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On Tuesday, Dec. 13, President Joe Biden signed the monumental Respect for Marriage Act into law. The landmark act mandates federal protections for same-sex and interracial marriages.
Thousands of supporters stood on the south lawn of the White House as they celebrated the milestone act. Performances from Sam Smith and long-time LBGTQ ally Cyndi Lauper accompanied the signing ceremony.
Taking the podium, President Biden declared, “Today is a good day!”
“Today, America takes a vital step toward equality, toward liberty and justice, not just for some, but for everyone. Toward creating a nation where decency, dignity, and love are recognized, honored, and protected.”
President Biden personally capped the moment when he mentioned the controversy he sparked a decade ago on an episode of “Meet the Press.” The then-vice president publicly supported same-sex marriage for the first time.
“I am absolutely comfortable with the fact that men marrying men, women marrying women, and heterosexual men and women marrying another are entitled to the same exact rights, all the civil rights, all the civil liberties.”
Respect for Marriage Act
Implementing the new law ensures the rights of same-sex marriages if the Supreme Court was ever to overturn Obergefell v. Hodges decision. The Obergefell vs. Hodges decision legalized same marriages in the U.S. in 2015.
According to USA Today, “the Respect for Marriage Act guarantees federal recognition of any marriage between two individuals if the union was valid in the state where it was performed.
The outlet confirms that the act “requires states to accept the legitimacy of a valid marriage performed elsewhere and protects interracial marriages.”
Systematizing gay and interracial marriage rights became a hurried issue after Associate Justice Clarence Thomas urged the supreme court to “reconsider” other rights they had considered in light of overturning Roe Vs. Wade.
The noise surrounding Thomas’s suggestion depreciated as Republican House members sided with the passing. The act passed the Senate with a vote of 61-36, with several Republicans voting to support it. On Dec 8, some Republican House members voted to support the bill, passing it at 258-169.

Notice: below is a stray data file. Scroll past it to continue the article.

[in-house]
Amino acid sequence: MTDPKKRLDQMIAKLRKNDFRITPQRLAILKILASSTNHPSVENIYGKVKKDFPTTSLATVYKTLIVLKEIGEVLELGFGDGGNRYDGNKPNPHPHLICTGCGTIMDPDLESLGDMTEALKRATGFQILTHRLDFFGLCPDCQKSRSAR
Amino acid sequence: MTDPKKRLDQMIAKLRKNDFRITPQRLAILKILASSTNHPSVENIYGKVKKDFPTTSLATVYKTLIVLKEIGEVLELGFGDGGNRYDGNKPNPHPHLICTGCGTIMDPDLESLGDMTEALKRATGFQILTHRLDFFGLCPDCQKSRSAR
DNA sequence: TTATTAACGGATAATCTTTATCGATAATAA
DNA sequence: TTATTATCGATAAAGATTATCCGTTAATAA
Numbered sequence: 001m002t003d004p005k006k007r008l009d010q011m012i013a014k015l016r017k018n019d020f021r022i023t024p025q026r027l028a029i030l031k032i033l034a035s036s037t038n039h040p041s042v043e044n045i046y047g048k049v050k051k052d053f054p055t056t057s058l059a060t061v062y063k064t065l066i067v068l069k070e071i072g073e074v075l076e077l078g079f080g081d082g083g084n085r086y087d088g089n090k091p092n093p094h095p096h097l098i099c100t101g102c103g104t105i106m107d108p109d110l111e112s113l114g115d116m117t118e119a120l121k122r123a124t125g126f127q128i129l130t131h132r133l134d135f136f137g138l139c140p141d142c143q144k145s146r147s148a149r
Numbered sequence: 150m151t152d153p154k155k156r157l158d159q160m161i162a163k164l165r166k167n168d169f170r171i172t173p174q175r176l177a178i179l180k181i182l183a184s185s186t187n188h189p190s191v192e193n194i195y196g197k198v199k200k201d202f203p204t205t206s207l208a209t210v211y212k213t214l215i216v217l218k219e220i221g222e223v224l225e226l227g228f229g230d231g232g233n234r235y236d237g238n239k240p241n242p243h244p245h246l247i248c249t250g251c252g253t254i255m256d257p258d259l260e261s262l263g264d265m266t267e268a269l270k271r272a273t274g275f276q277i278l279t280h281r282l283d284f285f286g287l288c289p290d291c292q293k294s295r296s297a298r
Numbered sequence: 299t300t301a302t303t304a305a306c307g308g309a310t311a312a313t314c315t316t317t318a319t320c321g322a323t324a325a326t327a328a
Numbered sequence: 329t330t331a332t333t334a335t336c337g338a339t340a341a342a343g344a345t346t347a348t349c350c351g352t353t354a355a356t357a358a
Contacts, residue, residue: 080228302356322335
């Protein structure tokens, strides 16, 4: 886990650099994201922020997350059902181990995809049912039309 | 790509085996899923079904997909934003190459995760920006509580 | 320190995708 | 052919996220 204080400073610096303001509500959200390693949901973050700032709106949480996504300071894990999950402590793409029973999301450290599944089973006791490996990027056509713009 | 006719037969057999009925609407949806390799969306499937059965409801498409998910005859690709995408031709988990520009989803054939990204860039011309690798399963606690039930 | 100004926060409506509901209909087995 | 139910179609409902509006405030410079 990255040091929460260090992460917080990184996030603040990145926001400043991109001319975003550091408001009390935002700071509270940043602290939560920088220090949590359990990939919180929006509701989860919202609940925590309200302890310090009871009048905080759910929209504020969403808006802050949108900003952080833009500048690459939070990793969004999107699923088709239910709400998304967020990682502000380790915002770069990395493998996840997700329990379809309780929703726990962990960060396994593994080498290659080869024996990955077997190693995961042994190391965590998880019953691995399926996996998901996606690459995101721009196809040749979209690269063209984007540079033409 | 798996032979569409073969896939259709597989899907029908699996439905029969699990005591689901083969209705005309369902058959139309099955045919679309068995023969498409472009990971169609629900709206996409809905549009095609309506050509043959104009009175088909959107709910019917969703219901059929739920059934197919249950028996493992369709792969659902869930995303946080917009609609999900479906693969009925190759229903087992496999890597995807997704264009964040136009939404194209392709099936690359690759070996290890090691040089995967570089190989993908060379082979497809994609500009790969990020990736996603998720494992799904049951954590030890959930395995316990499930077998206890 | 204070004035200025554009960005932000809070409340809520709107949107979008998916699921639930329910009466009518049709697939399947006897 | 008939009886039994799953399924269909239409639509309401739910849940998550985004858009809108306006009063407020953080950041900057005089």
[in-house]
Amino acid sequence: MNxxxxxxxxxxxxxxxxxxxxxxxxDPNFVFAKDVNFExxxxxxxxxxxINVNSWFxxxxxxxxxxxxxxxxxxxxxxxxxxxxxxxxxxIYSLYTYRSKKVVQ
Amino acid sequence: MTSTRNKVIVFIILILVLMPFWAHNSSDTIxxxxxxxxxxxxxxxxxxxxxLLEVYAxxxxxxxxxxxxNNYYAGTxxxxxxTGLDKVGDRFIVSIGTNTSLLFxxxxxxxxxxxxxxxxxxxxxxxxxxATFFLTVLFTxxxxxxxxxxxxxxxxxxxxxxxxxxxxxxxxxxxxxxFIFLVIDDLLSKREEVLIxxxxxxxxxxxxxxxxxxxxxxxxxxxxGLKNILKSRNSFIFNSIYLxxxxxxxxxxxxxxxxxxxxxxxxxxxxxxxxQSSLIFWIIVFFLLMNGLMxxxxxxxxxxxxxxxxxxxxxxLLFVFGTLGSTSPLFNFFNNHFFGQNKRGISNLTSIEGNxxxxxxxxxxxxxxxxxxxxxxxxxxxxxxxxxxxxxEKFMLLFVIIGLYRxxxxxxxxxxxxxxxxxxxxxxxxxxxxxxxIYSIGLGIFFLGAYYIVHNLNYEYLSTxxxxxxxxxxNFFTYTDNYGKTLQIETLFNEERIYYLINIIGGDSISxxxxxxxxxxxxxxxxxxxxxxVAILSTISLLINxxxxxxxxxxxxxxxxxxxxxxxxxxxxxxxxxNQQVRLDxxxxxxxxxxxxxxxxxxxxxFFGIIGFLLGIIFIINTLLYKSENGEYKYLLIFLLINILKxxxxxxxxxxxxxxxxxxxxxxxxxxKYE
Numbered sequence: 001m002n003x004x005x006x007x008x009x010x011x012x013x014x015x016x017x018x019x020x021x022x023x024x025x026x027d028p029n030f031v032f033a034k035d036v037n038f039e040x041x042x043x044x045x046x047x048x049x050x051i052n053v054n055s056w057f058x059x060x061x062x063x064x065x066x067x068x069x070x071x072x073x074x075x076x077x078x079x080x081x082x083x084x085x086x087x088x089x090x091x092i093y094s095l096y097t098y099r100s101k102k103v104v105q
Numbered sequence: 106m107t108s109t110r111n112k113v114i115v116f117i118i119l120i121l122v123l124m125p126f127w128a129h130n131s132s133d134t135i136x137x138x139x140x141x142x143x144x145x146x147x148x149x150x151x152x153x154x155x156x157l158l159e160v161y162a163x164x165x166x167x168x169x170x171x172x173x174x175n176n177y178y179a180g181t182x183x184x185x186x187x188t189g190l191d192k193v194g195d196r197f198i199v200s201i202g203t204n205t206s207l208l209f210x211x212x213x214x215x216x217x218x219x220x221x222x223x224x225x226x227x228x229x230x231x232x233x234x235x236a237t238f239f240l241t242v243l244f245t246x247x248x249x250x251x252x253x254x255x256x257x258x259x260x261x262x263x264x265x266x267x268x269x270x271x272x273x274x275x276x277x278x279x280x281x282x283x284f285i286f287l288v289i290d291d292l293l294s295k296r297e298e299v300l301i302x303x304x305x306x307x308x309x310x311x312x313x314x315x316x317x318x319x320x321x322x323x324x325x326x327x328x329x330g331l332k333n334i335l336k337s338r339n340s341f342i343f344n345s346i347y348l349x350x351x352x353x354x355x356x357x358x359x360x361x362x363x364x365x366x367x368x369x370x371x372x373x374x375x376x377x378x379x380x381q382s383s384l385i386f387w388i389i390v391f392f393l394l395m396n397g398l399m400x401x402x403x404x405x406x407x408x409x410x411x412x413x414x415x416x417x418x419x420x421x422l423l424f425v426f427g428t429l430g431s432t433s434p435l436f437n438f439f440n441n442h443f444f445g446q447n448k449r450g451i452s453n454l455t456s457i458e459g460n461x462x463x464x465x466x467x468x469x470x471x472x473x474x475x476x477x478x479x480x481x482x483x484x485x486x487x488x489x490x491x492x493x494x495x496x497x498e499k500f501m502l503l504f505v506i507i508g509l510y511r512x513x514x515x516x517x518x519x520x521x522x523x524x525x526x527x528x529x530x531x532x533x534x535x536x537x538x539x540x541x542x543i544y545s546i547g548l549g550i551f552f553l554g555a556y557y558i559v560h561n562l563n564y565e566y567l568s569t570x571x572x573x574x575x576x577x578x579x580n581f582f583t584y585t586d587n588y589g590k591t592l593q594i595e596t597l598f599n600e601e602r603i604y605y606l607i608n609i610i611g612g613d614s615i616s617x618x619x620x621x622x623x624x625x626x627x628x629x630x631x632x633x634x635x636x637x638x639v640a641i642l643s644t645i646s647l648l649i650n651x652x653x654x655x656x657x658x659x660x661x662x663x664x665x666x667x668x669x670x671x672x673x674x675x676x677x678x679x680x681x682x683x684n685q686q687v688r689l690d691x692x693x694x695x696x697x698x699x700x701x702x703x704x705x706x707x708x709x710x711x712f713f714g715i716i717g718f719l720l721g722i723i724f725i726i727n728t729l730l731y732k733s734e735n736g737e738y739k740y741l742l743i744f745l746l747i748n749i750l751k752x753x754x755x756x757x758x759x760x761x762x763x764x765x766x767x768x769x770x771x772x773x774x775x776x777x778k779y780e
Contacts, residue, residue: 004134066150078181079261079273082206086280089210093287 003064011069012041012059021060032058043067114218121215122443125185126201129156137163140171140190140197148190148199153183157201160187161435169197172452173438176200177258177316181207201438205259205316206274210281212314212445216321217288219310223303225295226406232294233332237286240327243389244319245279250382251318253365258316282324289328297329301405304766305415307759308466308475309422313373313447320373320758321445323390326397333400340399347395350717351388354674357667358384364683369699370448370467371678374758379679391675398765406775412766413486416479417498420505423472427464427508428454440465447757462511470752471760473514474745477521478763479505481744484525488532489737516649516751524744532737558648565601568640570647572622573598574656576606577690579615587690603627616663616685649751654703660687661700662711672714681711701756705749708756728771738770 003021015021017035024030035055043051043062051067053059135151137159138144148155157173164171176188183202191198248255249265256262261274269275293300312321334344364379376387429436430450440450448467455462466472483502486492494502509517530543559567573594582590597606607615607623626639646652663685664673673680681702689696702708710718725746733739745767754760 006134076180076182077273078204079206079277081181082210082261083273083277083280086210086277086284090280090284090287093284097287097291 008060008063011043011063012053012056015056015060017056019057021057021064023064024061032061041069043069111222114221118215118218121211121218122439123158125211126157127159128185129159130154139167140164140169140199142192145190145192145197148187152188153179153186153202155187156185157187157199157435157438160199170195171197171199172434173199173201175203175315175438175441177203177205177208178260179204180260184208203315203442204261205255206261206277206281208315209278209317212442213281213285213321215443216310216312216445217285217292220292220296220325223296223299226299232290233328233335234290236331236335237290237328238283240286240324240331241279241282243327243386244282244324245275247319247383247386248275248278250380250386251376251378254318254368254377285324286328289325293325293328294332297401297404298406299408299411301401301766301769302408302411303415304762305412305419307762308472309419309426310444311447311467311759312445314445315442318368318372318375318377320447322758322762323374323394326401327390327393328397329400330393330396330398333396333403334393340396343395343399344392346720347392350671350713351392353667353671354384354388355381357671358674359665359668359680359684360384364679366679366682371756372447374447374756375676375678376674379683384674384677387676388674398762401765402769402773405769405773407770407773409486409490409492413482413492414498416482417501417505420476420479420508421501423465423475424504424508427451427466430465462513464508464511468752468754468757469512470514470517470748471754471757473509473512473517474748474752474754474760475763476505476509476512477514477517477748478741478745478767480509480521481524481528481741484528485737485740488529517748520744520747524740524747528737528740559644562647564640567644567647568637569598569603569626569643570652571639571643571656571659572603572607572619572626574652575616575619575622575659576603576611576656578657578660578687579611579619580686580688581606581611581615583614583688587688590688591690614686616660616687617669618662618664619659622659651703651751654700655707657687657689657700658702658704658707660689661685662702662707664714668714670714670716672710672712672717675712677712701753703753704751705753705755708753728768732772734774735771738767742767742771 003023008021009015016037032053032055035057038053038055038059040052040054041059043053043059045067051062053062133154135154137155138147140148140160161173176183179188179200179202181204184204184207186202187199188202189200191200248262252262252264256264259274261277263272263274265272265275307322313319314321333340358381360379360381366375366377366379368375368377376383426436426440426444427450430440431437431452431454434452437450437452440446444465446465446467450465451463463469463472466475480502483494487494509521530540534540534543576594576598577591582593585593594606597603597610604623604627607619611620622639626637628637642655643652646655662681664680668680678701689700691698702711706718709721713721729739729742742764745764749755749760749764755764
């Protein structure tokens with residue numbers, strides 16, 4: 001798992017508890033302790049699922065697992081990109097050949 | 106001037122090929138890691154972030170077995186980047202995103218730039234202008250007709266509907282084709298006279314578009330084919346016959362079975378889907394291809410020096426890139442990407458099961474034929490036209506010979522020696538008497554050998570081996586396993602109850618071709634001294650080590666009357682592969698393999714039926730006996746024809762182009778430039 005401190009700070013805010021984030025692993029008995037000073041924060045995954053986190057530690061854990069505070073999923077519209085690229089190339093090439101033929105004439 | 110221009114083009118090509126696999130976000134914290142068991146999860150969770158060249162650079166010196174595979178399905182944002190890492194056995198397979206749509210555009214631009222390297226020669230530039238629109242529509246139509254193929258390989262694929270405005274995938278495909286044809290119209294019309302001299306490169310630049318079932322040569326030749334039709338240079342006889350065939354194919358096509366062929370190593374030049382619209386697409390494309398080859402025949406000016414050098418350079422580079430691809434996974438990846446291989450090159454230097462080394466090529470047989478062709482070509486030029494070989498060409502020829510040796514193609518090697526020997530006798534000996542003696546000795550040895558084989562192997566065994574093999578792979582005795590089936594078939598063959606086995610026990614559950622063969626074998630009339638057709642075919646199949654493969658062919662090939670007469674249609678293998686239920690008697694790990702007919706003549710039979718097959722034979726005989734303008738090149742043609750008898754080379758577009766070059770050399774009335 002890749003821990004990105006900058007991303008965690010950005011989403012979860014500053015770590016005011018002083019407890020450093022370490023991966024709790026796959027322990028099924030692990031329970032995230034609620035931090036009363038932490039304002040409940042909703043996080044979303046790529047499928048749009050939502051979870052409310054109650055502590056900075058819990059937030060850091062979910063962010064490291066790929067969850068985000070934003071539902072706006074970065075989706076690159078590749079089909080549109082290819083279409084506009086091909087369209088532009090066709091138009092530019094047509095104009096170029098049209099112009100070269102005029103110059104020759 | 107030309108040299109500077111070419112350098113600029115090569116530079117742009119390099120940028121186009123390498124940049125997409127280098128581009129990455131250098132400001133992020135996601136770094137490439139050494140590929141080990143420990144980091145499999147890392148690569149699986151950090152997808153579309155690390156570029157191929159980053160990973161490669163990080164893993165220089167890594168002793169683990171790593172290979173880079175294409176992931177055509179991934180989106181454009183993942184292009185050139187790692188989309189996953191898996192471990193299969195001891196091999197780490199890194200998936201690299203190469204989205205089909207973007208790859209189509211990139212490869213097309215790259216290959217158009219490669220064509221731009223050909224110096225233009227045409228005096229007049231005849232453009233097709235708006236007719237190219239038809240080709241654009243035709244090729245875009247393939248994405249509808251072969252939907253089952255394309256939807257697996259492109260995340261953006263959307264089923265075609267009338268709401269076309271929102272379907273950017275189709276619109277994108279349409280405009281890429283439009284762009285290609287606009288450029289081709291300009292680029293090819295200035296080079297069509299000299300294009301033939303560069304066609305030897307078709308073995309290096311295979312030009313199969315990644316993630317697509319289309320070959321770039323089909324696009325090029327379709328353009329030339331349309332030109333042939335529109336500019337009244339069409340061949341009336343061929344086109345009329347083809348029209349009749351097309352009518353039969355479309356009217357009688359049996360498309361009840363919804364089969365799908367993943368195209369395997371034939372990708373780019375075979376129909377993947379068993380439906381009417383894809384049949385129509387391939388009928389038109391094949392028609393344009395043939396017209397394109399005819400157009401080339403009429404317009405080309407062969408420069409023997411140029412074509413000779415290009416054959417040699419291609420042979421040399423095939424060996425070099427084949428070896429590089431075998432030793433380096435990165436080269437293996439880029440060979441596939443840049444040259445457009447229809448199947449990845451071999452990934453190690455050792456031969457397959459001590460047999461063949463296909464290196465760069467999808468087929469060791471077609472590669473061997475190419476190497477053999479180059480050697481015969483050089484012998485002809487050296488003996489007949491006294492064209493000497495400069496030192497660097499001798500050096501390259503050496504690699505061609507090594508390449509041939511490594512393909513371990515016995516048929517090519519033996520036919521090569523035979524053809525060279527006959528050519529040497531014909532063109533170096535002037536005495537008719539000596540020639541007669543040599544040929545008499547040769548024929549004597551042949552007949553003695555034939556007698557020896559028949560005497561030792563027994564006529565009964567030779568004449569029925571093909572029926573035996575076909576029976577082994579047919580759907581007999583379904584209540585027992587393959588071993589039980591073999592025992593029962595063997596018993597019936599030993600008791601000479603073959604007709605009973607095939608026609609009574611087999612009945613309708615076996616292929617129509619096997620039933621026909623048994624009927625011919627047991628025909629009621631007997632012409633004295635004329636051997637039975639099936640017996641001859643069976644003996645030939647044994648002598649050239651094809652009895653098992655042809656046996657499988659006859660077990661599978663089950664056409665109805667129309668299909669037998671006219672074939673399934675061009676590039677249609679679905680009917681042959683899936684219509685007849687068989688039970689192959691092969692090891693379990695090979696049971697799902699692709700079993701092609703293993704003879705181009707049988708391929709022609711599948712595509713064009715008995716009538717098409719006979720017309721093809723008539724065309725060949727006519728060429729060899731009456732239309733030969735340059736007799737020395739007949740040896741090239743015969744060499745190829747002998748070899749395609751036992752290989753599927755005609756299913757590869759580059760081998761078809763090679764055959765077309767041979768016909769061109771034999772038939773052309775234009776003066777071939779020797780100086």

In a statement released after the legislation cleared, President Biden expressed the bill “will give peace of mind to millions of LGBTQI+ and interracial couples who are now guaranteed the rights and protections to which they and their children are entitled.”
President Biden acknowledged the individuals and families that have championed the fight for equality amongst same-sex and interracial marriages.
Amongst more than 2500 supporters, many prominent members of the LBGTQ community and activists were in attendance.
They included Judy Kasen-Windsor, widow of gay rights activist Edie Windsor, Matthew Haynes, co-owner of Club Q, the Colorado Springs LGBTQ club where patrons were targeted by a gunman last month, and Attorney Phillip Hirschkop.
Attorney Hirschkop is a notable civil rights attorney that represented Mildred and Richard Loving in the landmark case to overturn the Lovings’ conviction for interracial marriage in the state of Virginia.
As he was heading into his appointment with President Biden, The Black Wall Street Times spoke with Attorney Hirschkop on what the signing of this act, almost 55 years after the Loving vs. Virginia decision, means for the country’s progression.
BWSTimes reporter Martie Bowser interviews Attorney Philip Hirschkop, who, in 1967, represented the Lovings in Loving v. Virginia, a catalyst for Marriage Equality in America. Today, President Joe Biden signs the “Respect for Marriage Act.” #RespectForMarriageAct pic.twitter.com/qWDDnPsZWd
— The Black Wall Street Times (@TheBWSTimes) December 13, 2022
As he prepared to sign the bill, President Biden provided thoughts on how this bill is essential, regardless of sexual orientation.
“This law and the love it defends strike a blow against hate in all its forms, “And that’s why this law matters to every single American.”
It was sad to see LGBTQ+ activists once again weaponize black civil rights as a platform for furthering their agenda. This law was crafted in such a way as to force votes for LGBTQ+ by making anyone against gay marriage simultaneously look racist. There are plenty of folks out there who are pro-Black but not for LGBTQ+ agendas. LGBTQ+ have taken the civil rights fight that many black brothers and sisters gave their lives for and turned it into a circus with gender fluidity and identity on the main stage. MLK Jr would die all over again if he saw what was going on today. We need to separate the fight for Black civil rights from LGBTQ+ “civil rights” for more reasons than can be explained in one comment, but mainly so that when that ship goes down, we don’t go down with it.
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